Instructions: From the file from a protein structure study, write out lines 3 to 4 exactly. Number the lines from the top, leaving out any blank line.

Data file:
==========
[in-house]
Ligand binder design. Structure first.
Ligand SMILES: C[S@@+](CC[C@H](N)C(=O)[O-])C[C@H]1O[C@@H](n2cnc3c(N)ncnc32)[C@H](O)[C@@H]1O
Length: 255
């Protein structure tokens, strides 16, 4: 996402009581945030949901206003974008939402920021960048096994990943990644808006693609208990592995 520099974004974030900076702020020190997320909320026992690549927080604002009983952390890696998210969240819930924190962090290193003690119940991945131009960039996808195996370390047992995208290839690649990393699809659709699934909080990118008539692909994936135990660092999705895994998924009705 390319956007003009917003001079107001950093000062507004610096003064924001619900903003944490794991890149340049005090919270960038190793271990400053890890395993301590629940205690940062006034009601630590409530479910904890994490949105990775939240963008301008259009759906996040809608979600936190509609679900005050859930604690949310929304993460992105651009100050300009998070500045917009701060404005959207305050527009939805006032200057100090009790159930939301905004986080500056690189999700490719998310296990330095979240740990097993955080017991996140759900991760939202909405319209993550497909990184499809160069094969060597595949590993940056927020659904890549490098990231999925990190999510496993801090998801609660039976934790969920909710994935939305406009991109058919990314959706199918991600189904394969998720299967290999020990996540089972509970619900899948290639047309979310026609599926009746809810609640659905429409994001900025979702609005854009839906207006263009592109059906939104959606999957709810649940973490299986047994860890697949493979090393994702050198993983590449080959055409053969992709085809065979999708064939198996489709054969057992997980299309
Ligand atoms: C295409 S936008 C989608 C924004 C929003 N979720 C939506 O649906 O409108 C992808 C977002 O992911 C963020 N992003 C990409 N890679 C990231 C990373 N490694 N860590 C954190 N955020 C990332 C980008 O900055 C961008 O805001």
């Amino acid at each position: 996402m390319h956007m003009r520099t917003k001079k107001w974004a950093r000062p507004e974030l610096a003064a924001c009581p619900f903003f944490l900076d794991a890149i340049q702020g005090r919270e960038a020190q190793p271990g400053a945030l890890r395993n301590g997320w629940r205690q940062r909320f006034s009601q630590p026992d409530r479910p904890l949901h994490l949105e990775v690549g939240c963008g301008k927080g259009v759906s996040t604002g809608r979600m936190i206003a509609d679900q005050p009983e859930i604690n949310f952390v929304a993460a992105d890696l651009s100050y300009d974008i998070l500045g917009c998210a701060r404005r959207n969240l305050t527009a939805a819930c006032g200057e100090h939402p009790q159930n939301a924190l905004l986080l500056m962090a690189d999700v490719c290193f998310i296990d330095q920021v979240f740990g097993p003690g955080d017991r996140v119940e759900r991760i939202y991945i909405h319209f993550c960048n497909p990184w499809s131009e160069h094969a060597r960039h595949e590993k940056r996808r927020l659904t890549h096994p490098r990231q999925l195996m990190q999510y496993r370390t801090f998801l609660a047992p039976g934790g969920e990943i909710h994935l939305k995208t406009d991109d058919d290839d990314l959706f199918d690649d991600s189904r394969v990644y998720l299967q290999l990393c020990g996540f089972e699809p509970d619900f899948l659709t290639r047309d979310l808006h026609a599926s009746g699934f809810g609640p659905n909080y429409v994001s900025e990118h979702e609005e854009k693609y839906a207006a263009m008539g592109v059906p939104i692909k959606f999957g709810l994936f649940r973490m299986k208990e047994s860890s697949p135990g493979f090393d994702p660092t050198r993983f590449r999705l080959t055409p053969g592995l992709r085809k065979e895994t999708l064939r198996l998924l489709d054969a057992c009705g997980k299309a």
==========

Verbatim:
Ligand SMILES: C[S@@+](CC[C@H](N)C(=O)[O-])C[C@H]1O[C@@H](n2cnc3c(N)ncnc32)[C@H](O)[C@@H]1O
Length: 255